Education Leader Says Jindal Budget Guts Student Testing

BATON ROUGE (AP) — Louisiana's education superintendent asked lawmakers Tuesday to add money to his budget for standardized testing next year, saying Gov. Bobby Jindal's proposal would wreck the state's ability to measure student performance.

         Superintendent John White told the House Appropriations Committee that Jindal's spending plan for the fiscal year that begins July 1 so deeply cuts his agency that it would force his department to violate state and federal student testing requirements.

         Jindal's budget allocates $5.3 billion for the education department. But most of those dollars flow directly to school districts. The department's actual operating budget would be cut by about $23 million, a loss of nearly half its state financing.

         White asked for $10 million to be restored to preserve standardized testing contracts, saying his department could cope with a $13 million cut.

         "I recognize that testing is not something that kids love to do, not something that parents always love to have their kids do and so on, but it is a necessary thing to ensure quality in our education system. I am asking you very explicitly to consider funding a quality test and not to throw our system into a state of chaos," White told lawmakers.

         The budget proposal has become the latest flashpoint between Jindal and the education leader, who was once one of the Republican governor's strongest allies. The men have been at odds over the Common Core education standards and the testing aligned with them.

         The Common Core standards are benchmarks of what students should learn at each grade level in English and math. They've been adopted by more than 40 states as a way to better prepare students for college and careers. Opponents say the standards are developmentally inappropriate and part of federal efforts to nationalize education.

         Jindal opposes the education standards, but White supports them.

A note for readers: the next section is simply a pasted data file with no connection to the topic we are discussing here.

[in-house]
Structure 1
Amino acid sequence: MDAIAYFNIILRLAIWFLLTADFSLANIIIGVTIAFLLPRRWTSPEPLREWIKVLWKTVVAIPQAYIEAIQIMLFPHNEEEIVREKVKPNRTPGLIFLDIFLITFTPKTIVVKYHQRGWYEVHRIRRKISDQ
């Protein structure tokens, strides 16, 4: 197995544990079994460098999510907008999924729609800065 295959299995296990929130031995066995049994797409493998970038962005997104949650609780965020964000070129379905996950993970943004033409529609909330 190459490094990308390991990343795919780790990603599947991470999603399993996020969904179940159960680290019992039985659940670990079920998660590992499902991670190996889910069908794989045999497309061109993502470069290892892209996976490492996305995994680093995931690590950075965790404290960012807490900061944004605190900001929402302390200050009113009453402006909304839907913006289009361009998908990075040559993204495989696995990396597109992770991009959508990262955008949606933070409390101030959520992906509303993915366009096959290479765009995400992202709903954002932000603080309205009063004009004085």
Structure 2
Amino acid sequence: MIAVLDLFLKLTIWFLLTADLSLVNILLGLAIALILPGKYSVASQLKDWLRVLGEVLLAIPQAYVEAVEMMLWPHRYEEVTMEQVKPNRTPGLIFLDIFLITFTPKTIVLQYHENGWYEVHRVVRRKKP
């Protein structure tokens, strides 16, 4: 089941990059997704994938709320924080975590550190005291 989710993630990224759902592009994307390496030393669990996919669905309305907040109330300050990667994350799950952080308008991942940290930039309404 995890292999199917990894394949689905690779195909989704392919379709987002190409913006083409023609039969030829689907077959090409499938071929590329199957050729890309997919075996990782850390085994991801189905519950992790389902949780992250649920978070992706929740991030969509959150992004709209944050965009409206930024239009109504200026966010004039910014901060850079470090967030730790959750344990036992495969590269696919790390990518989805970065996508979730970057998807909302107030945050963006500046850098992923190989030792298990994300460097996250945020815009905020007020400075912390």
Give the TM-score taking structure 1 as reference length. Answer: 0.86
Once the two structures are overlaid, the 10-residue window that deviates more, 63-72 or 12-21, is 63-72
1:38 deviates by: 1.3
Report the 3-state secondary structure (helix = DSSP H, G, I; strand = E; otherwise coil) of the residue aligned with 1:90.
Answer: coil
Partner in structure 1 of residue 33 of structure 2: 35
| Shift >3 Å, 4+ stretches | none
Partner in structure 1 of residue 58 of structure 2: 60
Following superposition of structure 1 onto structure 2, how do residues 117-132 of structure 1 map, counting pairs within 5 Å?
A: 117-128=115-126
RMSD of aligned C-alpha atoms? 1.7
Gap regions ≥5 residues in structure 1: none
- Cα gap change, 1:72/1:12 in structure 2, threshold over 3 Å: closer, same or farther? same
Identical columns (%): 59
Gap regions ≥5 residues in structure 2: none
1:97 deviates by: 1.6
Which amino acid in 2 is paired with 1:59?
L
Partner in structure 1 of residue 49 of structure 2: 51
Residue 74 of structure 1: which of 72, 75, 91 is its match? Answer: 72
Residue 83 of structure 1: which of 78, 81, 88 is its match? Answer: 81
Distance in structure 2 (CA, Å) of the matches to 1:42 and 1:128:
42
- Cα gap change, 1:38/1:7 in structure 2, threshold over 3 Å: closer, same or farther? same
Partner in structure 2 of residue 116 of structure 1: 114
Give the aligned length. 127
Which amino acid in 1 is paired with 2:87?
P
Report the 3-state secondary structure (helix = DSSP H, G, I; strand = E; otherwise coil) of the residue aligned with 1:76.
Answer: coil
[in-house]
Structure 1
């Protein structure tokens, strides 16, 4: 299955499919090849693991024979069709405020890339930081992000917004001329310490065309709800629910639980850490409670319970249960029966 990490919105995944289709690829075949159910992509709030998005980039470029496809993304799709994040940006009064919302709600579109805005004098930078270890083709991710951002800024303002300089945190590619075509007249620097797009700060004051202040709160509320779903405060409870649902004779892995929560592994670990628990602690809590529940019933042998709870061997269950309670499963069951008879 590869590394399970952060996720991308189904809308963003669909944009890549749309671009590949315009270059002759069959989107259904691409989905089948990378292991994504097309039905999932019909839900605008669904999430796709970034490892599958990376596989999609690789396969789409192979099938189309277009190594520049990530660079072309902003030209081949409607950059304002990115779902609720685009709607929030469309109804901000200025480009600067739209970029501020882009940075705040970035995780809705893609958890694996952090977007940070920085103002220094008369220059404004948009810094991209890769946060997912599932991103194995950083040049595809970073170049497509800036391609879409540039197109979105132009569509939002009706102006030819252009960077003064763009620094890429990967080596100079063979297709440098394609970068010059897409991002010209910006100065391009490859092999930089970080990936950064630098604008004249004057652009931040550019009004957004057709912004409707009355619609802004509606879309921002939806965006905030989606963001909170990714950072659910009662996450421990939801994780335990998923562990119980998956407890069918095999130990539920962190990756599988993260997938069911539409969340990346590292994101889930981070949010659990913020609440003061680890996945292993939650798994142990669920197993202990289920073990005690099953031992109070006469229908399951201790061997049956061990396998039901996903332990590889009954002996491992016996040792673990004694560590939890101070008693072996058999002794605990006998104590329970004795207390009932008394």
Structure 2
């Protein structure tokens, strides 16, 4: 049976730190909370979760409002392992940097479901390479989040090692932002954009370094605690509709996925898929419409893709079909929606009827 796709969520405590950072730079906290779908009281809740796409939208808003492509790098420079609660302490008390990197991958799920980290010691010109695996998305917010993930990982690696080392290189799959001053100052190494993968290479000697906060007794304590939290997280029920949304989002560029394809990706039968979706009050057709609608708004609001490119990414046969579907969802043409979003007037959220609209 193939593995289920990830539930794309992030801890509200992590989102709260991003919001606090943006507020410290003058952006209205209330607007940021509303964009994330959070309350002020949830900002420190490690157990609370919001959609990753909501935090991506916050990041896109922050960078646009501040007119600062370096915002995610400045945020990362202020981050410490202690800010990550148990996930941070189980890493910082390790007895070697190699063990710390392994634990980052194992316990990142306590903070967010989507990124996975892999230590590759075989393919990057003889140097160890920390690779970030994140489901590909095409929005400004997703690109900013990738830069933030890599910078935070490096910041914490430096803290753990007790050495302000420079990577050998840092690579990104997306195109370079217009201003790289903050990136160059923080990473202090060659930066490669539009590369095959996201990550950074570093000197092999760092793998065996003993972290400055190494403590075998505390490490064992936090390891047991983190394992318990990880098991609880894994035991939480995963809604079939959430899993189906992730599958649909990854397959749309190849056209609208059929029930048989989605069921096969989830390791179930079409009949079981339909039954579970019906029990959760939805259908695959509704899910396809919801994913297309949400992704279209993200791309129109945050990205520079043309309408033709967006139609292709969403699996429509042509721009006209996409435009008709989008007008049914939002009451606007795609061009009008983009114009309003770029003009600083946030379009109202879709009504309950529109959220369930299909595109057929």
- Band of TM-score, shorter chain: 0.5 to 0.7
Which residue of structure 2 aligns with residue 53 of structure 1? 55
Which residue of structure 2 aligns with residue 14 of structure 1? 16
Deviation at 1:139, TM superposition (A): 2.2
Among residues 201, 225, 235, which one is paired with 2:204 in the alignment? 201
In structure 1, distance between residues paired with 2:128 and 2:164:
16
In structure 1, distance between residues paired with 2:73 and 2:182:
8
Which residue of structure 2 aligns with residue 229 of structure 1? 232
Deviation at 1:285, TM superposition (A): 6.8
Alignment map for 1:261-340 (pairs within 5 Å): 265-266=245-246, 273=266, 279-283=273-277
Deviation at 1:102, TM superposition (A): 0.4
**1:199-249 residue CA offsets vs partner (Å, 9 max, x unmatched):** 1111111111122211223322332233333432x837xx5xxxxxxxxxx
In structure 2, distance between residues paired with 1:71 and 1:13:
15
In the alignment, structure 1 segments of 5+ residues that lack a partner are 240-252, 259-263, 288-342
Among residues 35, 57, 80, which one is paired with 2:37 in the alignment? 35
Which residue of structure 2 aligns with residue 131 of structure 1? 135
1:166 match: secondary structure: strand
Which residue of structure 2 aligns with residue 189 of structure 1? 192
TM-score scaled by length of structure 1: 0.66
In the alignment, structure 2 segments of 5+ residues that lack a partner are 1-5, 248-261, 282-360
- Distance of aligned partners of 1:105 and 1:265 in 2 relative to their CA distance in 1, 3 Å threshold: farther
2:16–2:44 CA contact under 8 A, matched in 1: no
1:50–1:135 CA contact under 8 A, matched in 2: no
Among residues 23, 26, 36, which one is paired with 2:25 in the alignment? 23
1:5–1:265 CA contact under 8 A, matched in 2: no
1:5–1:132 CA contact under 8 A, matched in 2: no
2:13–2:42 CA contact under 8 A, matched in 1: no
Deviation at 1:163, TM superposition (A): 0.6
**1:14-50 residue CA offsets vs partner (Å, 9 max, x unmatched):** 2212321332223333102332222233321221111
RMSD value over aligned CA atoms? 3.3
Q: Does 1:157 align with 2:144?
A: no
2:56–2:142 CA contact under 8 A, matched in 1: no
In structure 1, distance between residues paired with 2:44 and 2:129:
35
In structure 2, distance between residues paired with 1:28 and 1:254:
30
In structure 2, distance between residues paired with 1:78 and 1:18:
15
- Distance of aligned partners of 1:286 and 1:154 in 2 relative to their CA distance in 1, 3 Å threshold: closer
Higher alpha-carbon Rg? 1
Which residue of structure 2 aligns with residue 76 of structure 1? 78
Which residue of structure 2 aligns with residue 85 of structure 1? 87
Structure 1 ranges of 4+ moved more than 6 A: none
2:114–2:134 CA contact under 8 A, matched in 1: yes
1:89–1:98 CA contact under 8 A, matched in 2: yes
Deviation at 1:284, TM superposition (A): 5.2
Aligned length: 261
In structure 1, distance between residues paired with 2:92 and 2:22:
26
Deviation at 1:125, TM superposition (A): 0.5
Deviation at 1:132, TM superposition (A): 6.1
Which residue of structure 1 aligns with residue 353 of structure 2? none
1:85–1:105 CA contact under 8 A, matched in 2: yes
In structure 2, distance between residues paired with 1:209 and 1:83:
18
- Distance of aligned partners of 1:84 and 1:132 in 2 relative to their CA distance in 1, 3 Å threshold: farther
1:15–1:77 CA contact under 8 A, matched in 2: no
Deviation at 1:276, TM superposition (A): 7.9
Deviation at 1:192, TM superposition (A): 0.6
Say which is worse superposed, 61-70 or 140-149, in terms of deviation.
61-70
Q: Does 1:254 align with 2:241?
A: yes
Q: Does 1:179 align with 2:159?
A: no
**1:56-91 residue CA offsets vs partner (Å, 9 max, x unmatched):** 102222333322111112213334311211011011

The Jindal administration says it didn't target Common Core or testing with the proposed cuts.

         With the state facing a $1.6 billion budget gap next year, Commissioner of Administration Kristy Nichols said every agency must take budget cuts.

         "We need to invest directly into classrooms and the education of children rather than bricks and mortar, staff and more government bureaucracy," Nichols said in a statement.

         She said the reductions proposed for White's department were reasonable and White has discretion over where to slash spending.

         White described the cuts in more dire terms, saying the budget would be "radically decreased in a way that would essentially render impossible the administration of state tests, risking hundreds of millions of dollars."

         He said if Louisiana doesn't follow a federal law requiring testing of public school students, it risks losing $800 million in federal education money.

         Lawmakers who oppose Common Core questioned whether that threat of lost federal funding was real.

         "That is in federal law?" asked Rep. Brett Geymann, R-Lake Charles.

         "It is our interpretation of federal law," White replied.

         The Appropriations Committee is doing a department-by-department review of Jindal's recommendations. Lawmakers aren't expected to craft a final version of next year's budget until June.

         – by AP Reporter Melinda Deslatte



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